Park City Municipal awarded a $100,000-dollar contract to the Park City Community Foundation to serve as the social equity community convener. This year Park City established Social Equity as a critical priority, so the funds will be used primarily to identify goals and to build a strategic plan over the next year. Carolyn Murray has this:
Park City Mayor, Andy Beerman said in recent years, citizens have repeatedly asked City Council to address growing social inequities for those who live and work in the Park City area. He said the Park City Community Foundation is best equipped to take on the efforts of building fairness and decency into Park City’s social and economic structures. Affordable housing, cost of living, access to services, political representation and education success are some of the concerns for under-represented populations.
“We understood that the city was not going to take this over as a critical priority, but we wanted to show leadership. There are already many great non-profits in town and individuals working on social equity and providing services. We’re not necessarily best equipped to do that. We think there is no one better equipped to do that than the Park City Foundation. That’s the work they are already doing...is working with our existing non-profits.”
Community Foundation Executive Director, Katie Wright said the process will identify and prioritize needs or gaps that exist in Park City. She said her group is experienced in this kind of initiative.
“Certainly, one of our roles is to raise resources and to get them into the hands of non-profits. But, to do that well and to make sure the resources have deep impact, and to truly serve the people, we need to know where there are gaps in services, what programs need more funding. So, we are, I think, well positioned to this. Our current experience leading and convening around mental health and climate change in the past. So, certainly this is a role we’ve had in the community and will continue to have.”
Diego Zegarra is the Development and Special Projects Director with the Community Foundation. He will run the social equity project for the next year. He intends to include all voices, non-profits and community partners.
“I imagine a multi-year strategic plan that as Katy said, allows us to determine which are the areas in which we can make the most impact. Where are the needs? Creating a gap analysis will help us to determine that. Outlining priorities for the community. And, one of the most important things to me is having under represented voices at the table.”
Beerman said the City doesn’t have the resources to effectively reach many of the underserved groups living and working in Park City. He said the City covers too many issues to focus on just one.
“Felt like a neutral party is a better way to approach that. Among some of our residents, there is a concern and fear of government right now. And that gets conflated with local government right now because of some of the national concerns. So, we think having a non-profit take lead on this will cast a wider net.”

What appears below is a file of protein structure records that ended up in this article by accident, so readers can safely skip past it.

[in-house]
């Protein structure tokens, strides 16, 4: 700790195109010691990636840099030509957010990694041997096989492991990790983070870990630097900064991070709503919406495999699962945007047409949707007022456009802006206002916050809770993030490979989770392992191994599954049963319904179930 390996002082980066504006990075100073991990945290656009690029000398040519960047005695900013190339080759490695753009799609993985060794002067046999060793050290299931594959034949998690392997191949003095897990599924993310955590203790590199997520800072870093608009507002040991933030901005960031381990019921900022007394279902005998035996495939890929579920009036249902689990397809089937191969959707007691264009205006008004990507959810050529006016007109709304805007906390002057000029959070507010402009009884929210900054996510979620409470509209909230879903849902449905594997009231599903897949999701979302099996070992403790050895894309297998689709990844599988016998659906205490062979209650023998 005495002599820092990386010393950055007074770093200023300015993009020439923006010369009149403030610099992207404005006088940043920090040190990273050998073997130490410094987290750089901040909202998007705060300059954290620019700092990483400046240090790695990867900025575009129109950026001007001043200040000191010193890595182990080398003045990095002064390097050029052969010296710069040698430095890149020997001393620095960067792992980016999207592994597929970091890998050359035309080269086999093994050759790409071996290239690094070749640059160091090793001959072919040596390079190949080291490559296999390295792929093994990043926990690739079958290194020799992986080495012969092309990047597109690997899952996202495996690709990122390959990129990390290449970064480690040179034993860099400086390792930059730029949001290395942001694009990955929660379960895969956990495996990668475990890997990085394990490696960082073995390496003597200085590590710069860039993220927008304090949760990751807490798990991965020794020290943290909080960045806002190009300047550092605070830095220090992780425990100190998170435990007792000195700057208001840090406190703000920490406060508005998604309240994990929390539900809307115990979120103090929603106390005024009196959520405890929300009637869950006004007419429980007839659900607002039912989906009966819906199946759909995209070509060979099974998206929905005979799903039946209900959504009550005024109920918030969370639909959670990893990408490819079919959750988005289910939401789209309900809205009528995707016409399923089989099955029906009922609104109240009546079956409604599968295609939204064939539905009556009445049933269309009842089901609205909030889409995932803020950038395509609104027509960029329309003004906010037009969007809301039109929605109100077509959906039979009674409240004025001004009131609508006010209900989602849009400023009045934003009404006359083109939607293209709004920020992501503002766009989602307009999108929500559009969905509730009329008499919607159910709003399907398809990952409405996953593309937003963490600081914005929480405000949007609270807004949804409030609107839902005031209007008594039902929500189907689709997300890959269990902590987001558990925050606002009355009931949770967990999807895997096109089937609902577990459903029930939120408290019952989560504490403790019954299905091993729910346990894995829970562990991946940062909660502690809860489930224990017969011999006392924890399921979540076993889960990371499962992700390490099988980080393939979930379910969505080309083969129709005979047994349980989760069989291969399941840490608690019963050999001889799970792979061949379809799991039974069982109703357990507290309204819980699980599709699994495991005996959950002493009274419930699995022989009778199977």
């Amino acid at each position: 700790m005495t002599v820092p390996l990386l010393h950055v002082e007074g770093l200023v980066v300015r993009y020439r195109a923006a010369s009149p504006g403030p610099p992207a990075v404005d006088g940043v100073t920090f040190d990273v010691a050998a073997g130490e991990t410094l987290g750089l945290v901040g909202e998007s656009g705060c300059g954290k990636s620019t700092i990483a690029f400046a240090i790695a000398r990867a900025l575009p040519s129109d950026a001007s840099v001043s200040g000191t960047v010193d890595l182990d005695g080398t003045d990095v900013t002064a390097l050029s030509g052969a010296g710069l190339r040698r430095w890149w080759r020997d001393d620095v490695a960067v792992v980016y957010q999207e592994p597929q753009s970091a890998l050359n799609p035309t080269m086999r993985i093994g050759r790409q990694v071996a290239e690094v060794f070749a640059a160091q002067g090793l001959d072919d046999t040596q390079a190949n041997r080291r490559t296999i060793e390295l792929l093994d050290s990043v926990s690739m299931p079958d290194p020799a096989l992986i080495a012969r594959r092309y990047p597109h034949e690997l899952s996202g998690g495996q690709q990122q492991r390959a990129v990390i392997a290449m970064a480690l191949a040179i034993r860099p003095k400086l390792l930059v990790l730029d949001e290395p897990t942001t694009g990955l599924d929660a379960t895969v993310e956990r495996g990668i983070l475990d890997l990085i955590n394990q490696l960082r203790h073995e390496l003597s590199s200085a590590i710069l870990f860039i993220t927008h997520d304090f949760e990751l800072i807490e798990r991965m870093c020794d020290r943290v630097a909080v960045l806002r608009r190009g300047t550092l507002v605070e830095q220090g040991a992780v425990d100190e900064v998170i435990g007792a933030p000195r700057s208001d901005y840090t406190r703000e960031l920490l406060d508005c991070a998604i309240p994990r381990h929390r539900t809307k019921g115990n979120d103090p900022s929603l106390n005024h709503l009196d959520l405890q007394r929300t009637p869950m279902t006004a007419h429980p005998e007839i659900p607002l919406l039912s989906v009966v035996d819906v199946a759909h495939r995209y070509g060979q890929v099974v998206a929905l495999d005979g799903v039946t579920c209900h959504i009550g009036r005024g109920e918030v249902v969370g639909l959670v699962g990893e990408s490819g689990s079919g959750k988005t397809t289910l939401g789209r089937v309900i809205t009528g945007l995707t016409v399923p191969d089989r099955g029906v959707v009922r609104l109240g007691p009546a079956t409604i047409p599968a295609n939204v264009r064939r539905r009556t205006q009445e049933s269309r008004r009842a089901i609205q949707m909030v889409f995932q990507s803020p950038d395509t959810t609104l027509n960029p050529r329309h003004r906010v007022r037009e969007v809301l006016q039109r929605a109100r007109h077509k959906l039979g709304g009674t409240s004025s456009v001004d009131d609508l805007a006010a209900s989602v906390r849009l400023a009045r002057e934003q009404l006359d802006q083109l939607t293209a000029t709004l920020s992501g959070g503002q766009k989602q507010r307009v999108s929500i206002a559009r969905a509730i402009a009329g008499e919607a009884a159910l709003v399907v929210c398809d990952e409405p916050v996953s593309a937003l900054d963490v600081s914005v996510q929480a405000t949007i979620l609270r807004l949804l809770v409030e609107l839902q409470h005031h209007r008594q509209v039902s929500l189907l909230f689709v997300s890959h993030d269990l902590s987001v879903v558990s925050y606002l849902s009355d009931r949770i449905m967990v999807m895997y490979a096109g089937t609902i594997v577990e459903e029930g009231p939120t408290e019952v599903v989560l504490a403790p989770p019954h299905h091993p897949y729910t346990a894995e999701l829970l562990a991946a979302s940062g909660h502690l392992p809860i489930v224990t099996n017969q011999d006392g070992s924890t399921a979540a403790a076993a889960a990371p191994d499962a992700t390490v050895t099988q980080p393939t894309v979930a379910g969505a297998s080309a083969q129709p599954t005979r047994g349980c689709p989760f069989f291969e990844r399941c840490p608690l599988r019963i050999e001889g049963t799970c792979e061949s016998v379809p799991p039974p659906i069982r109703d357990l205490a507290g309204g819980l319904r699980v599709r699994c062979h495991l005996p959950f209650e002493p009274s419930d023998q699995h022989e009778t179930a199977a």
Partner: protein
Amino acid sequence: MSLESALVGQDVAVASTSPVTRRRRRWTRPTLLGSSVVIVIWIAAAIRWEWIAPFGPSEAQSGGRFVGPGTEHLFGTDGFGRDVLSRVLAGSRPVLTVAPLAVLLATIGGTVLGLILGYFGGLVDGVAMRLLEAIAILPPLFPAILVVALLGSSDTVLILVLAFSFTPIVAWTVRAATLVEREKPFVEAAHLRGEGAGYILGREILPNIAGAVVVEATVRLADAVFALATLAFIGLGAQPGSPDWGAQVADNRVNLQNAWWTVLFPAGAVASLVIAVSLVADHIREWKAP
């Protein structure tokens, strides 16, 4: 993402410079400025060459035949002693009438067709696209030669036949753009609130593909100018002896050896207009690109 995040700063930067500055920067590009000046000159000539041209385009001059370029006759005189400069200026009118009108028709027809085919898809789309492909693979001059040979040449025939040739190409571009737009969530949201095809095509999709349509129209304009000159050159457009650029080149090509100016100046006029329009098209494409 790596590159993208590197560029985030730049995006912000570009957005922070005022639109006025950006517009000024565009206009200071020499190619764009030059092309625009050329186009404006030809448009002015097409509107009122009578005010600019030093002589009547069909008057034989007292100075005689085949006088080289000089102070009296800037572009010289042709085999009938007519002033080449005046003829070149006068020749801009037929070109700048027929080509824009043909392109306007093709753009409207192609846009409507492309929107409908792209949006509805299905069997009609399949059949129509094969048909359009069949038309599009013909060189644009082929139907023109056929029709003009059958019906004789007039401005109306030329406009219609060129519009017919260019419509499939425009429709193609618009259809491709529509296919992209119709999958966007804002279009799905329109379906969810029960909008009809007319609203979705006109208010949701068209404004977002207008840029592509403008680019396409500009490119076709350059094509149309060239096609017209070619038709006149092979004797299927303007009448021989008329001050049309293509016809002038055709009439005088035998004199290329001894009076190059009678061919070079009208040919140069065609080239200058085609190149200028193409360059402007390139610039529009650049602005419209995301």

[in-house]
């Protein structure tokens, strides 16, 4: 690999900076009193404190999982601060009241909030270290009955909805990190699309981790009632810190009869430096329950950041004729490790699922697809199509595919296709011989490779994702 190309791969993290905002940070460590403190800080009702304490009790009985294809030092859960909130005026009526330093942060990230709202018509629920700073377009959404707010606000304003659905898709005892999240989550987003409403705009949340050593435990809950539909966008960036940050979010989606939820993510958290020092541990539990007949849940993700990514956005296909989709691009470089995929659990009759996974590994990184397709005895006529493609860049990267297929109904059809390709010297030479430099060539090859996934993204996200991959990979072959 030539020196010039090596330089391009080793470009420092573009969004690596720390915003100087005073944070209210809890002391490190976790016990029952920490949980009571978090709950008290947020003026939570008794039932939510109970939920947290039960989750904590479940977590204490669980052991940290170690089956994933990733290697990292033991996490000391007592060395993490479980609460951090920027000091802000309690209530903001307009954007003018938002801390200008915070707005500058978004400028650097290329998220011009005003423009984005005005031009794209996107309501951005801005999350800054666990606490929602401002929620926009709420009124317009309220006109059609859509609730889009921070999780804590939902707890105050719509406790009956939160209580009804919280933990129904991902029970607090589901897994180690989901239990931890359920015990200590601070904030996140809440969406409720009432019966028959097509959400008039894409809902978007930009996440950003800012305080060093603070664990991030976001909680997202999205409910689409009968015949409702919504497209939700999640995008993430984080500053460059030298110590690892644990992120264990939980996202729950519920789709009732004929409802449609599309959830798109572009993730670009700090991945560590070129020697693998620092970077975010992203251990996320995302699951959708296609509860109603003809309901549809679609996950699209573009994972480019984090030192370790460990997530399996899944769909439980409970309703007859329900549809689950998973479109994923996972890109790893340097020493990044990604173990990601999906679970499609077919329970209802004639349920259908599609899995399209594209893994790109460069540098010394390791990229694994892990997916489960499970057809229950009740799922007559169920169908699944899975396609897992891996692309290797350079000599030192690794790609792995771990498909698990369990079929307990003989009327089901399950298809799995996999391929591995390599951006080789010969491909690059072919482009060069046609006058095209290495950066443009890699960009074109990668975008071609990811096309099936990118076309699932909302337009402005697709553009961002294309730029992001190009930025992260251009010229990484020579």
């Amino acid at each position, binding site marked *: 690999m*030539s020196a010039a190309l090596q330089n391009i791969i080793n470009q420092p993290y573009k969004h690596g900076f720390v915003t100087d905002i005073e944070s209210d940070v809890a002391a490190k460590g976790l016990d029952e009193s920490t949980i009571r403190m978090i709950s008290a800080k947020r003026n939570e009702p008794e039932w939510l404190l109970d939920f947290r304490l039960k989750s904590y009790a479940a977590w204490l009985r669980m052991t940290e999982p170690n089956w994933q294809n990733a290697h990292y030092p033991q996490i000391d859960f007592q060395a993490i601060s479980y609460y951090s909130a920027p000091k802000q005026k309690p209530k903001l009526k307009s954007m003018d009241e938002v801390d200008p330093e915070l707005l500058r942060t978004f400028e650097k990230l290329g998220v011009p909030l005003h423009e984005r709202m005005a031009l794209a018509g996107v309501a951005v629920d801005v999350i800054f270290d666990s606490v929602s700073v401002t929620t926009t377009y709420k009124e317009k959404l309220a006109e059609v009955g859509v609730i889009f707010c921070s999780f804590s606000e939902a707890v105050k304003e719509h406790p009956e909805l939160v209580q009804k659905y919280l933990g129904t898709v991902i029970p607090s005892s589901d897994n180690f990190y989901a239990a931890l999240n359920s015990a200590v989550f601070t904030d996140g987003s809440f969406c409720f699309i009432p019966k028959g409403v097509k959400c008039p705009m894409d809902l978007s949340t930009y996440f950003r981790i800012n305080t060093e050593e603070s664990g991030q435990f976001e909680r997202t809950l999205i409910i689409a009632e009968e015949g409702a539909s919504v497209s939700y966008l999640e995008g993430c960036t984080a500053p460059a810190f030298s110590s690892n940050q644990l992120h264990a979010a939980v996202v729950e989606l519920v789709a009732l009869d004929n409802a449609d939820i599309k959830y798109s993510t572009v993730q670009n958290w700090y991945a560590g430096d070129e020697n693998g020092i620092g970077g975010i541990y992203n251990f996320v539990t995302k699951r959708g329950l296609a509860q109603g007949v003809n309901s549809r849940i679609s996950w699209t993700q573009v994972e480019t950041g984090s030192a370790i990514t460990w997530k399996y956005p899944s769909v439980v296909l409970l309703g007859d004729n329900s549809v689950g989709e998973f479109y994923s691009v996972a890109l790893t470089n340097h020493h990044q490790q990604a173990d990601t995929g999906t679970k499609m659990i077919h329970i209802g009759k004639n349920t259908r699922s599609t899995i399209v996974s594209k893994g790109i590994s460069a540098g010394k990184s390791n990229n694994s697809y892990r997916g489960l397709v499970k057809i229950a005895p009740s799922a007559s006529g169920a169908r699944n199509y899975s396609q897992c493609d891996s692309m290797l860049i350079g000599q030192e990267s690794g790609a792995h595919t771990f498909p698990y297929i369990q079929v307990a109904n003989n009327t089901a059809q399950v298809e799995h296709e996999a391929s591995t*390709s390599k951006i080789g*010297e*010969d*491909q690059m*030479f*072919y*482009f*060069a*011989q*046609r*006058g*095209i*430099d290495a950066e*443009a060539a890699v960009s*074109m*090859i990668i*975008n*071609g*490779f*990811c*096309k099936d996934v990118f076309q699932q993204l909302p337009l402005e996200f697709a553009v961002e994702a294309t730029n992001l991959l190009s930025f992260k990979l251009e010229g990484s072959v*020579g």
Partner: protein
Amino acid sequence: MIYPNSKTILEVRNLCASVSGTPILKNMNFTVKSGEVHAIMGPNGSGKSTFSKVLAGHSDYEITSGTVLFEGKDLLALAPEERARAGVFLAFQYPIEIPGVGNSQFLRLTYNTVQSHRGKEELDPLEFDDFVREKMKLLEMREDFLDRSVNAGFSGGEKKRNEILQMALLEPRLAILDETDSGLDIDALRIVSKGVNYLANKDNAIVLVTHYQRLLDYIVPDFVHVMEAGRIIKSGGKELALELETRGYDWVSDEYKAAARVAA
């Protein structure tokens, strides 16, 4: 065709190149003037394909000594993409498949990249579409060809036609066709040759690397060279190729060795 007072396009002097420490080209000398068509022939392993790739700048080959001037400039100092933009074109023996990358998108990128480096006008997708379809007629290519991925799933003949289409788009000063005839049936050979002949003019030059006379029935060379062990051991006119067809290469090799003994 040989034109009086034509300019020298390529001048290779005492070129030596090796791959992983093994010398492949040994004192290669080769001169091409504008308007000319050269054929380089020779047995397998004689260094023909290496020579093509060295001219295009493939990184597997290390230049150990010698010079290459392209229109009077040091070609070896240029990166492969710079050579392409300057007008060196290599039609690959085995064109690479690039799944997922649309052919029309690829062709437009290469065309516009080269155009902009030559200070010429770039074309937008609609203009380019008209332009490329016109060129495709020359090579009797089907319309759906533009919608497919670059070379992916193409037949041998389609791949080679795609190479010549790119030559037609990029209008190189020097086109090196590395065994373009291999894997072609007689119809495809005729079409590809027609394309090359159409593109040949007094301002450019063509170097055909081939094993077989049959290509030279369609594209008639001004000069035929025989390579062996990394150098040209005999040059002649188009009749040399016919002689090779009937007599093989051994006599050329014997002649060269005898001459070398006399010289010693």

Beerman believes the project will grow and evolve over time and could take a generation to establish. The Youth and Spanish Services Librarian, Katrina Kmack has been involved in defining the program and bringing the library into comportment with the social equity challenges. 20 percent of Park City residents are Spanish speaking. Kmack has worked on bringing appropriate programs for the Hispanic Community to the Park City Library.
“The city generously funded Erika Sanchez who came for her book I’m Not Your Perfect Mexican Daughter. And, I believe they also provided 5000 or 7000-dollars for Spanish materials. The city has also ncreased our budget for Spanish materials at the library as well.”
Zagarra said they’ve been on a listening tour in recent months and the strategic planning work will focus on more constituencies than only the Latino Community. “Although Latinos will be a group that will benefit from this, we do want to extend the table to have other under-represented voices from the LGBTQ plus community, seniors that feel like they don’t have a voice…people with different abilities.” Zagarra will create a core delegation that includes input from city staff and council. They plan to have a Gap Analysis done by spring of next year and a fully formed Strategic Plan by October 2019.Wright said she doesn’t know yet what outcomes to expect from the planning efforts, but she gives a few examples of possibilities. “They could be things like all children reading at third grade level because we know that is an indicator for later success in life. It could be something where we look at all boards, non-profit and city and look at the representation of underserved folks on those levels because that would indicate a level of voice and ecision making for the community.” Go to Parkcitycf.org/socialequity to learn more about the social equity project.